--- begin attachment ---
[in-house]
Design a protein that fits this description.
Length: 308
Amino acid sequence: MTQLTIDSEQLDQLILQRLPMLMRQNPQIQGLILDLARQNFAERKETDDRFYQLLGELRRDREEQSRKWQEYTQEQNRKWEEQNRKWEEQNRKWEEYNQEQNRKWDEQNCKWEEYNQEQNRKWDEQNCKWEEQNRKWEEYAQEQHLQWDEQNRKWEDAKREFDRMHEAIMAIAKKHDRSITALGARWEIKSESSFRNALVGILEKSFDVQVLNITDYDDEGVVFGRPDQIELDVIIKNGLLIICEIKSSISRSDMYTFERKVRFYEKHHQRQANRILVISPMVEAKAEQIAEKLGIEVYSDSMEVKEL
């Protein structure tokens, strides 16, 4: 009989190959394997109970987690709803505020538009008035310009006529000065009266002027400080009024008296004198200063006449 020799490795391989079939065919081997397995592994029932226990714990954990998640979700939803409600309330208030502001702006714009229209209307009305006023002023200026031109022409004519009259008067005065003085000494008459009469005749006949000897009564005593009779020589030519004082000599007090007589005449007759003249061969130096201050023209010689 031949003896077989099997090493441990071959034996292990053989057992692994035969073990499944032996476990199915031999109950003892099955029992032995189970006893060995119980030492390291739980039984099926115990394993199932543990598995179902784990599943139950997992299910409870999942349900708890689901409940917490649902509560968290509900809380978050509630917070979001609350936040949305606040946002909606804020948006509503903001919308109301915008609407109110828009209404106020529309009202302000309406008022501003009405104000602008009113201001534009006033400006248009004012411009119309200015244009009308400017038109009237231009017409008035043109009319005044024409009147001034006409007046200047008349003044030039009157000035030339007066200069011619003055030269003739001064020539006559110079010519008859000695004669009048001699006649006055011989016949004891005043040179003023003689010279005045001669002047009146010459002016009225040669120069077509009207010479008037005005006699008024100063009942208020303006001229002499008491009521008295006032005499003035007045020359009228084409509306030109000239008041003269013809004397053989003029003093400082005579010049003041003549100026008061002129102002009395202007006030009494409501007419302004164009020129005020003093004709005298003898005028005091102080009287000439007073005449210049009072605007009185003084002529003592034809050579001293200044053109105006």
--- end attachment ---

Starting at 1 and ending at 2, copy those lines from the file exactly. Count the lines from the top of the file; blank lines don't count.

[in-house]
Design a protein that fits this description.